For the first time in the event's history, as part of the 60-year-celebration, Australia has been invited to compete as a wild card entry. I'm not sure if the organisers know what they are in for, but on May 23 180 million people will tune in to watch Guy Sebastian take on the best (and worst) of Europe. While some may view the event as a momentary lapse in Vienna's naturally good taste, others see it as a chance for the city to show off its relaxed, inventive side.
We see more of this laid back attitude in Leopoldstadt (district 2), a bohemian area separated from the Innere Stadt by the Vienna Canal. What was once a walled Jewish ghetto is now a vibrant community bustling with trendy cafes, galleries and bars and home to the Prater, Vienna's permanent (if slightly gaudy) fairground. Central to the park is the Wiener Riesenrad, the giant Ferris wheel built in 1897, which is just as much a symbol of the city as its music, museums and monumental palaces.
It's this blend of classic and quirky I learn to admire most about Vienna. I don't find it inside the galleries and museums but on the street; in the chandelier-lit coffee houses, in the wedges of Sacher torte, in the sausage stands and in the urban art spaces. I also find it at the beach.
Following the Danube Canal we peddle along the "Adriatic Coast", Vienna's version of a beach strip. Here (during the summer months) rows of container boats decked with swimming pools, bars and restaurants line the canal. We pass Tel Aviv beach, with its deck chairs on the sand; Badeschiff, with its bathing ship; and Sand in the City, Vienna's biggest beach club. "Everyone from old brats and young bikini bodies flock here," says Steiner. "No one minds what you wear or how you look." Though I haven't brought swimmers, for the briefest of moments I wonder if my sturdy underwear might save the day for a second time.
FIVE OTHER CITIES THAT ARE RIDING HIGH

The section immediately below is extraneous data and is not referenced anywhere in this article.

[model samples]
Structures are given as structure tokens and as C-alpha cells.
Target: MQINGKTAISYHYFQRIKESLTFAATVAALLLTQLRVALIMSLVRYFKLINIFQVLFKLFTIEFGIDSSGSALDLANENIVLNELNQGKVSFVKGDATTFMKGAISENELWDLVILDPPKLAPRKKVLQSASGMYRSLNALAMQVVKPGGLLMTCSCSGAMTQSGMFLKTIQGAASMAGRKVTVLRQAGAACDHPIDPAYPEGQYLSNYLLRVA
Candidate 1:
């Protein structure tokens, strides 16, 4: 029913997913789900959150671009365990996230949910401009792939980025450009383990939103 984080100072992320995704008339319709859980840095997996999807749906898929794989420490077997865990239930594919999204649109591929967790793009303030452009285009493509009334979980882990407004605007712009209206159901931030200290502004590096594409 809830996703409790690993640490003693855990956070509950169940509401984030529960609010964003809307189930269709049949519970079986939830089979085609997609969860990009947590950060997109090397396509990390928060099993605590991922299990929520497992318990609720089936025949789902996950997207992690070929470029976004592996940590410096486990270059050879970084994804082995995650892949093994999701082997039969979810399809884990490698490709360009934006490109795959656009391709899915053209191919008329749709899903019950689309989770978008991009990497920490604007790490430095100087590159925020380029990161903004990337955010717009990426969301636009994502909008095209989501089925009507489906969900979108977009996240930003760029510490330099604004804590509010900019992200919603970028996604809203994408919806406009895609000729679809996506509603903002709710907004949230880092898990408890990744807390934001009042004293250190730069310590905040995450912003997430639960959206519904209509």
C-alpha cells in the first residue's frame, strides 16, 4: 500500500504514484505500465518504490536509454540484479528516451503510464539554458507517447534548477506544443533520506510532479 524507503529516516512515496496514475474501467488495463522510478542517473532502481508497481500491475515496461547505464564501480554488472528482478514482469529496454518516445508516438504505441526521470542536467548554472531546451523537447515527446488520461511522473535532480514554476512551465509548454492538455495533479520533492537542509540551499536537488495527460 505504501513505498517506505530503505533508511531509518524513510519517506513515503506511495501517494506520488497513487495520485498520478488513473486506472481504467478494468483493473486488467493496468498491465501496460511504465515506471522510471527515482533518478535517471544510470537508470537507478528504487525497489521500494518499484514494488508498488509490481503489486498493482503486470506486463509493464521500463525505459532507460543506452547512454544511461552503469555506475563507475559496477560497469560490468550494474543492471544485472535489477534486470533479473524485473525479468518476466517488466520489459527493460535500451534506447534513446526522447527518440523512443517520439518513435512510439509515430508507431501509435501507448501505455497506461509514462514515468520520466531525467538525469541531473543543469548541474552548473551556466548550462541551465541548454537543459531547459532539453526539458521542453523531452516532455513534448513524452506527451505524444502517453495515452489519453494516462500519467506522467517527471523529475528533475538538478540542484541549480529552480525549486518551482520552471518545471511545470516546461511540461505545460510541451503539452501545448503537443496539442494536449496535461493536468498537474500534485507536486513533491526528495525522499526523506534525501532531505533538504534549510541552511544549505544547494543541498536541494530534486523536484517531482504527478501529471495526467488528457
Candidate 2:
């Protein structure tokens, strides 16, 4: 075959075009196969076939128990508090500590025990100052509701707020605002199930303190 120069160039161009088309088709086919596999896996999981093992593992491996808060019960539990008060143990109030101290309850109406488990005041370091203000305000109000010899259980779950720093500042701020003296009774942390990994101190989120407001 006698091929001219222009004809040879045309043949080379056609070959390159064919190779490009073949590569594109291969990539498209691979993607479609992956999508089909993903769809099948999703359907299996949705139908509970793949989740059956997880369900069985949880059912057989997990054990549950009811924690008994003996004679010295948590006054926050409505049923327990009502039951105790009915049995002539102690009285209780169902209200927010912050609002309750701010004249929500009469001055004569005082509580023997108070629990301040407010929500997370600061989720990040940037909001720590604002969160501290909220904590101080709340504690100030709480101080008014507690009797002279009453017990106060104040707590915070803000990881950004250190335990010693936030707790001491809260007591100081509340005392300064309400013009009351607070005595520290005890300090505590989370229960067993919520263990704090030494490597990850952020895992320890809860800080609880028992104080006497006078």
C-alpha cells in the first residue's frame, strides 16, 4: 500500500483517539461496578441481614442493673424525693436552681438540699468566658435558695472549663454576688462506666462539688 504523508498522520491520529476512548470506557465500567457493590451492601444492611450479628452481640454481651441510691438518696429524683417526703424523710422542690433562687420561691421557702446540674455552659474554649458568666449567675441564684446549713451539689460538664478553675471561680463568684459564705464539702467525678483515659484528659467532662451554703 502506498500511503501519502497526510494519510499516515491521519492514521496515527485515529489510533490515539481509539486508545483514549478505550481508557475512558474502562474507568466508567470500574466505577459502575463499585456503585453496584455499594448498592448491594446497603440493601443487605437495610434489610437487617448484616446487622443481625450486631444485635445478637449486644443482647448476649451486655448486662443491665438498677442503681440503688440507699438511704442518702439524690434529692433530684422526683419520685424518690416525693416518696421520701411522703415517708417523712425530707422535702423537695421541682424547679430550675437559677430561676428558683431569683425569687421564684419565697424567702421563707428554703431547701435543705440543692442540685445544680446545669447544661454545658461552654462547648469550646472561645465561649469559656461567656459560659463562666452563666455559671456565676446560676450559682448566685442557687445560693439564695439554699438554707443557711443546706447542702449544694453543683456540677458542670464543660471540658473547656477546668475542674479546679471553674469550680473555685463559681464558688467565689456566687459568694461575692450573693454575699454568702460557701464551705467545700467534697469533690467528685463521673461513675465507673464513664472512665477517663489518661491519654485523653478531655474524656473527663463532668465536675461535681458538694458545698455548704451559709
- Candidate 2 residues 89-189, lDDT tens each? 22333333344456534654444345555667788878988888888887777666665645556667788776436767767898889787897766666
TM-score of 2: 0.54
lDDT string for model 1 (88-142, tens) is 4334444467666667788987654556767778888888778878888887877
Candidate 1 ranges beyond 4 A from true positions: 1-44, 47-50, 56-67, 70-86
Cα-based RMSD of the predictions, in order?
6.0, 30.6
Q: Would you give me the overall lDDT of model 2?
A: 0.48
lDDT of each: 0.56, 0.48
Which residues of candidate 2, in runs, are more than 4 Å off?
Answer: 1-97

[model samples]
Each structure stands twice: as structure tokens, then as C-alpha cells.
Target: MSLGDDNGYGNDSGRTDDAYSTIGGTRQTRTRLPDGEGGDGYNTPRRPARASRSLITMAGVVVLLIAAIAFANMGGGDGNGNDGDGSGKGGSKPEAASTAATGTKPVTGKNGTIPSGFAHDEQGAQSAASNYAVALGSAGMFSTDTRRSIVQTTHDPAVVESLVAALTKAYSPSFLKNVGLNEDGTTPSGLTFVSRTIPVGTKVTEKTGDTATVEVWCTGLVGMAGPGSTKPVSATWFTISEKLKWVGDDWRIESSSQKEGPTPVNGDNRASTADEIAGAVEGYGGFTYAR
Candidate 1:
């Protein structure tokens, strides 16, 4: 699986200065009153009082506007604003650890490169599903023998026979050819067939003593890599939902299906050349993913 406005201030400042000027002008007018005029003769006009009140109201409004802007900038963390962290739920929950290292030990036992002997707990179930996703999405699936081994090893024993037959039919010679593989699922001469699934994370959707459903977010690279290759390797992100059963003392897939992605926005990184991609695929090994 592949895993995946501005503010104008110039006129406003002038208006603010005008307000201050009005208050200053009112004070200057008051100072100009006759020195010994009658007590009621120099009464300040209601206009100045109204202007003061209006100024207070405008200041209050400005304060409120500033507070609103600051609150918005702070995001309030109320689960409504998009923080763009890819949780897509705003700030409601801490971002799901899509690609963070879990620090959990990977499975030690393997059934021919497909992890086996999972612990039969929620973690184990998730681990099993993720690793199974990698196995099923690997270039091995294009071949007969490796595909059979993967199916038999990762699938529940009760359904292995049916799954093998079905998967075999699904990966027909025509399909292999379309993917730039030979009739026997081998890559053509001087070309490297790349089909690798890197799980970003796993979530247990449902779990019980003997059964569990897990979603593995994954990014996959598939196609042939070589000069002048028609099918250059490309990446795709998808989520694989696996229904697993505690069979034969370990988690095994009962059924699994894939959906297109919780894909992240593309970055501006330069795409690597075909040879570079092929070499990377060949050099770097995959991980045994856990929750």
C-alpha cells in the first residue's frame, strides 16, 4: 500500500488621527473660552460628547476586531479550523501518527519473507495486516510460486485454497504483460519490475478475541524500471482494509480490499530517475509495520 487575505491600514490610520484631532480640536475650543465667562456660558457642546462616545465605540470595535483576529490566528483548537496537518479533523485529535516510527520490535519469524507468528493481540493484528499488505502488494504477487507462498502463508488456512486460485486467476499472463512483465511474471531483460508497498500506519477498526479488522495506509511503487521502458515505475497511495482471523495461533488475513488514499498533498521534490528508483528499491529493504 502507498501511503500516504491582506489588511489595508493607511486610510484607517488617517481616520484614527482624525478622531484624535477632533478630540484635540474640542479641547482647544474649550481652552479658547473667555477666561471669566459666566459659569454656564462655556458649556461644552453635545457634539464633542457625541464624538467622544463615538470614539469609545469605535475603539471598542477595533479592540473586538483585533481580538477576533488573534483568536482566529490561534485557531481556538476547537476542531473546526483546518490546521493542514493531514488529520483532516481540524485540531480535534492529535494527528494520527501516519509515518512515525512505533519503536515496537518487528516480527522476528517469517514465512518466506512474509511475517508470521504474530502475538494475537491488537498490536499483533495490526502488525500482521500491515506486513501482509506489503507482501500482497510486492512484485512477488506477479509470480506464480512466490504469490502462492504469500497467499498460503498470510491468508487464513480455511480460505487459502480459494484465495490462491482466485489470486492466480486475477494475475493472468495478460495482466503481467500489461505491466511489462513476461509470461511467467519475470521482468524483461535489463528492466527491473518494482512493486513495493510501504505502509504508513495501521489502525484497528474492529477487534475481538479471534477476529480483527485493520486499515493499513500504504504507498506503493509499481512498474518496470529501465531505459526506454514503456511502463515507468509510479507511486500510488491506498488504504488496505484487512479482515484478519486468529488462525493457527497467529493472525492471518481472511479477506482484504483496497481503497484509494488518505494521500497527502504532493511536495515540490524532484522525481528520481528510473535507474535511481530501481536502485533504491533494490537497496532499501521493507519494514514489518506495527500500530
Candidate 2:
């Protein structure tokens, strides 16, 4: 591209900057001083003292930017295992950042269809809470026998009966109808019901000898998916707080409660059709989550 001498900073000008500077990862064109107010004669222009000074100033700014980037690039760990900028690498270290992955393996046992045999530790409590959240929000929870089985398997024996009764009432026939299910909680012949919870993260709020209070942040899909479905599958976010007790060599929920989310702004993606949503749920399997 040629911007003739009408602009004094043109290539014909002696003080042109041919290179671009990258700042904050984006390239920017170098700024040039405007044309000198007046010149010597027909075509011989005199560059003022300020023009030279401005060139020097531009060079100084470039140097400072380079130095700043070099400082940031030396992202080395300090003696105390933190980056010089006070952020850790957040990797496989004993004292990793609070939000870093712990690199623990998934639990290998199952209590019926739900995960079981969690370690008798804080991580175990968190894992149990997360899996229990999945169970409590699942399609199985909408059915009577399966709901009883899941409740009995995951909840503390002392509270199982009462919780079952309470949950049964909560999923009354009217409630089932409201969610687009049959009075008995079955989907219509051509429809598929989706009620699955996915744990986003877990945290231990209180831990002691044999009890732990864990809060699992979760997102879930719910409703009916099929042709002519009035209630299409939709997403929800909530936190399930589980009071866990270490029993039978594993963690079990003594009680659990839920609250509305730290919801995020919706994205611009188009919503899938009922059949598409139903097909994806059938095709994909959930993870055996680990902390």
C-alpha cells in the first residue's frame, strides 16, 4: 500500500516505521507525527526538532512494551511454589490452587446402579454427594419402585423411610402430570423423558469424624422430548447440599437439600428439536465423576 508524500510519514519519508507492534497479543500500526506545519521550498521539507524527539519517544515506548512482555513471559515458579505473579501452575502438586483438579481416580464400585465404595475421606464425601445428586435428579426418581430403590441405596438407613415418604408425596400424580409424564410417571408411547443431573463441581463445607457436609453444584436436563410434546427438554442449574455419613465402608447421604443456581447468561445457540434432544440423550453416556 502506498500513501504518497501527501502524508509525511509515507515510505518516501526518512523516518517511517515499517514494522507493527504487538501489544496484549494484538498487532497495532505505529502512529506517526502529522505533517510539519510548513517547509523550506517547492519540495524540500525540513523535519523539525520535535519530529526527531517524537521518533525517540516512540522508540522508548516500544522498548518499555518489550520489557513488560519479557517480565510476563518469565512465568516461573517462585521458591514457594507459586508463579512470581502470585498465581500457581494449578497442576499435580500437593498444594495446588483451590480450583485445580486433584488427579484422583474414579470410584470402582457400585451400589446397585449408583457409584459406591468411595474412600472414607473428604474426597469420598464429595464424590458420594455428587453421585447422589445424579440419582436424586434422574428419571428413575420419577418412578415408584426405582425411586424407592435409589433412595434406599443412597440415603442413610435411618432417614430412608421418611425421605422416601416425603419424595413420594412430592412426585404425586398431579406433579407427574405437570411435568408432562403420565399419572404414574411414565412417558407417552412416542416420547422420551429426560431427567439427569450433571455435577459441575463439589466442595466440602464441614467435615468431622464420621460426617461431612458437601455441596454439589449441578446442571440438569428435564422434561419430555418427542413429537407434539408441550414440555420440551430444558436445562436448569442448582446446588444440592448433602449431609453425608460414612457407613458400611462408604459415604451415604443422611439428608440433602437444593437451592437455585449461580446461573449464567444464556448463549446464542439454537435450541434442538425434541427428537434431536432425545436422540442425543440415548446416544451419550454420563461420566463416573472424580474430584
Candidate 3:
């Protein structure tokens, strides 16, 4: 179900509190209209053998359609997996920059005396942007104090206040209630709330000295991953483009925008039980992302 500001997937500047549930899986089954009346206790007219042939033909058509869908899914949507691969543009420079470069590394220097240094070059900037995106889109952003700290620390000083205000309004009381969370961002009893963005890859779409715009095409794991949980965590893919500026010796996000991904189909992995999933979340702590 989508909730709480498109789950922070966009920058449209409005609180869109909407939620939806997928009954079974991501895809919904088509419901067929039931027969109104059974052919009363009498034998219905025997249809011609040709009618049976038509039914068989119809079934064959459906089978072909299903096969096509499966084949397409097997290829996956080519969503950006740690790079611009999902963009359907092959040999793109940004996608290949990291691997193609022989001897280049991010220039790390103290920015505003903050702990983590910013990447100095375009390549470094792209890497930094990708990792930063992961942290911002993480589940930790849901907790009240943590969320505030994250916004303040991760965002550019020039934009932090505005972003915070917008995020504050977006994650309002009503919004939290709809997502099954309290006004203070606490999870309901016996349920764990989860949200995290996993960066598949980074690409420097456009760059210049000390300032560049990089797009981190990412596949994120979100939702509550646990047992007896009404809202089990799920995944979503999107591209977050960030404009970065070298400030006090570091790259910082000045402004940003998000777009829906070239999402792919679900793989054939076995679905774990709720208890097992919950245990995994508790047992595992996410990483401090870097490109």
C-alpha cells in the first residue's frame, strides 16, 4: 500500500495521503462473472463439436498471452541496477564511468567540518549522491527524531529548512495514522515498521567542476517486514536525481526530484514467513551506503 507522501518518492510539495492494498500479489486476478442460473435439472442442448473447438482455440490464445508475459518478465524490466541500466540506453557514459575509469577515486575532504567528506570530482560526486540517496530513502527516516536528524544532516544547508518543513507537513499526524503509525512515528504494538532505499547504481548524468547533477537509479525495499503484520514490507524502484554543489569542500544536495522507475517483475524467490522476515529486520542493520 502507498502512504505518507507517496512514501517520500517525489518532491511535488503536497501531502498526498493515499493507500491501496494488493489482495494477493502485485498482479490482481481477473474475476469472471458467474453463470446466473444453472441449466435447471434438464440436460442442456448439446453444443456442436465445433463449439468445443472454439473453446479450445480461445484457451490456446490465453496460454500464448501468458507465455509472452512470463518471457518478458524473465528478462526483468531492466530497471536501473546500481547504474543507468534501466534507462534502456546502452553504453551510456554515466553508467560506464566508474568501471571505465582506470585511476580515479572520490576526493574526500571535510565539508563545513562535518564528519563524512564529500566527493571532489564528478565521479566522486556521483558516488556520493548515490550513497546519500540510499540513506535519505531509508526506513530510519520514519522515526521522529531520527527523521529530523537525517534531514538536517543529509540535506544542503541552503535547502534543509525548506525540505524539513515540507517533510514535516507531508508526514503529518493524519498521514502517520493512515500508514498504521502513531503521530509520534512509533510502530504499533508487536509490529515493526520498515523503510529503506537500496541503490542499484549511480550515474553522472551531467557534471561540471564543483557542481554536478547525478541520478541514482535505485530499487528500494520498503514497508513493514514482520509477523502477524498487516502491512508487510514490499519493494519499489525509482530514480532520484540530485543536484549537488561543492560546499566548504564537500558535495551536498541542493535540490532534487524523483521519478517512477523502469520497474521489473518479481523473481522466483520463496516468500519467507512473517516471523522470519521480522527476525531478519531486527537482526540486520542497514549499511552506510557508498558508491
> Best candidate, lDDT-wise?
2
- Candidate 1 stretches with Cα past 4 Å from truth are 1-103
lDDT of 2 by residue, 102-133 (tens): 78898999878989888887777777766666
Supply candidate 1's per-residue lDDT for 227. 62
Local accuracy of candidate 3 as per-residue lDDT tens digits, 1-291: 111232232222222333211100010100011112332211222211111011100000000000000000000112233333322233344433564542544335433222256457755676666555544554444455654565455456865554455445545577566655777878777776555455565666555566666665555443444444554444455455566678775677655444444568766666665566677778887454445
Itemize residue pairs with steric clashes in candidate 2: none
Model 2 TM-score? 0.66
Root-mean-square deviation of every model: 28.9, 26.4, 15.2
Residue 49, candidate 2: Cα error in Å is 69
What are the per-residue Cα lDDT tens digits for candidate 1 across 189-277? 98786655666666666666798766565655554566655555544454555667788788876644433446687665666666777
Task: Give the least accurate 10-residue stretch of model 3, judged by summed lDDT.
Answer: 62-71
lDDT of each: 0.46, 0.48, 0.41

1. New Orleans, USA – A decade after the devastation of Hurricane Katrina, the Big Easy is back – bigger and better than ever. Fresh restaurants, new bars, even a purpose built Musicians' Village, a neighbourhood built to rehouse performers who lost their homes.
2. Rotterdam, the Netherlands –with booming arts, food and cultural scenes, a revitalised "Zoho" area and regeneration of some of its grungier areas this portside city is no longer content to play second fiddle to Amsterdam.
3. Budapest, Hungary – the darling of river-cruise ships Budapest is shining brighter than ever with its contemporary art scene, fashion shows, Michelin-stared restaurants, trendy 'ruin pubs' and new hotel openings.
4. Johannesburg, South Africa – the second largest city in Africa is brushing off its crime-ridden past and reinventing itself through trendy new hotspots, new restaurants, museums, boutiques and galleries.
5. Seoul, South Korea – what was once a purely 'functional' city has morphed into a dynamic, high-tech, design-savvy city with top museums, an influential arts scene and cutting-edge architecture.
Five exhibitions in 2015
1. Ring – the Jewish story of a boulevard. From March 25 to October 4 the Jewish Museum Vienna examines the rise of a small Jewish elite. jmw.at
2. Klimt and Ringstrasse – a showcase of grandeur. July 3 to October 11 sees an exhibition at the Belvedere that looks at the charismatic Ringstrasse painters. belvedere.at
3. Vienna becomes a metropolis. The Ringstrasse and its age. From May 22 to November 1 the Austrian National Library is holding an exhibition showing how the city became one of the great powers of Europe onb.ac.at
4. The Ring. Genesis of a showpiece boulevard. An exhibition from June 11 to Oct 4 at the Wien Museum Karlsplatz outlines the boulevard's beginning to it's formal opening. wienmuseum.at
5. Too modern for the front row – the story behind the construction of the Secession. March 19 to October 11 sees an exhibition at the art Nouveau Secession building detailing its controversial construction. secession.at
The writer was a guest of Avalon Waterways and the Vienna Tourist Board.
Cathay Pacific operates regular flights from Sydney and Melbourne, via Hong Kong, to more than 30 European destinations including arrival and departure points for Avalon Waterways cruises. See cathaypacific.com.au.
Make use of the free bikes or join a tour with Pedal Power. See pedalpower.at
Avalon Waterways' 2015 river cruises are priced from $2382 a person twin share for the eight-day itinerary A Taste of the Danube, travelling between Vienna and Budapest. Highlights include two nights in Vienna, three nights cruising the Danube to destinations including Melk, Durnstein and Bratislava, and two nights in Budapest. Fares include all on-board meals, drinks with dinner, most activities and excursions, entrance fees, transport and guides. Phone 1300 230 234 or see avalonwaterways.com.au